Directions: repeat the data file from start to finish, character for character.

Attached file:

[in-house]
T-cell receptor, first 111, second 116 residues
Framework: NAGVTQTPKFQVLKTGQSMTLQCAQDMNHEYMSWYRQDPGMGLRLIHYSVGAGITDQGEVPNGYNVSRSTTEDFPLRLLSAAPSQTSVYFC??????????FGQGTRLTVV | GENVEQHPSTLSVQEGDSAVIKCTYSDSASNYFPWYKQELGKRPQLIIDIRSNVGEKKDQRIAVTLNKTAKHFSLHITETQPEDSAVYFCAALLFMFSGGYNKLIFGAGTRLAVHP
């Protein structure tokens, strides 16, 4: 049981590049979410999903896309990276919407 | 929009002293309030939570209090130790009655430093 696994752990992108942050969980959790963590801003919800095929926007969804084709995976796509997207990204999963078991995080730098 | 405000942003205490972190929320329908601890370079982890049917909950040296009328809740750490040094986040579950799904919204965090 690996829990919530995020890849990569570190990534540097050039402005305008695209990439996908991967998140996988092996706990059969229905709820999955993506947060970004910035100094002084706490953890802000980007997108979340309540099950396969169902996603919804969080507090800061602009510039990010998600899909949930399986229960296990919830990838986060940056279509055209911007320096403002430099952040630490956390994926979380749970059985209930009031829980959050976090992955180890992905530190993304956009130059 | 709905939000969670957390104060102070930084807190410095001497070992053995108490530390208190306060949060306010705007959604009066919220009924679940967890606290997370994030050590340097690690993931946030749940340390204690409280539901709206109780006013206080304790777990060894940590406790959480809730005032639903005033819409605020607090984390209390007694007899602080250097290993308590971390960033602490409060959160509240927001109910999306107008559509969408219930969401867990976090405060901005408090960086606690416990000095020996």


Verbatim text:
[in-house]
T-cell receptor, first 111, second 116 residues
Framework: NAGVTQTPKFQVLKTGQSMTLQCAQDMNHEYMSWYRQDPGMGLRLIHYSVGAGITDQGEVPNGYNVSRSTTEDFPLRLLSAAPSQTSVYFC??????????FGQGTRLTVV | GENVEQHPSTLSVQEGDSAVIKCTYSDSASNYFPWYKQELGKRPQLIIDIRSNVGEKKDQRIAVTLNKTAKHFSLHITETQPEDSAVYFCAALLFMFSGGYNKLIFGAGTRLAVHP
């Protein structure tokens, strides 16, 4: 049981590049979410999903896309990276919407 | 929009002293309030939570209090130790009655430093 696994752990992108942050969980959790963590801003919800095929926007969804084709995976796509997207990204999963078991995080730098 | 405000942003205490972190929320329908601890370079982890049917909950040296009328809740750490040094986040579950799904919204965090 690996829990919530995020890849990569570190990534540097050039402005305008695209990439996908991967998140996988092996706990059969229905709820999955993506947060970004910035100094002084706490953890802000980007997108979340309540099950396969169902996603919804969080507090800061602009510039990010998600899909949930399986229960296990919830990838986060940056279509055209911007320096403002430099952040630490956390994926979380749970059985209930009031829980959050976090992955180890992905530190993304956009130059 | 709905939000969670957390104060102070930084807190410095001497070992053995108490530390208190306060949060306010705007959604009066919220009924679940967890606290997370994030050590340097690690993931946030749940340390204690409280539901709206109780006013206080304790777990060894940590406790959480809730005032639903005033819409605020607090984390209390007694007899602080250097290993308590971390960033602490409060959160509240927001109910999306107008559509969408219930969401867990976090405060901005408090960086606690416990000095020996």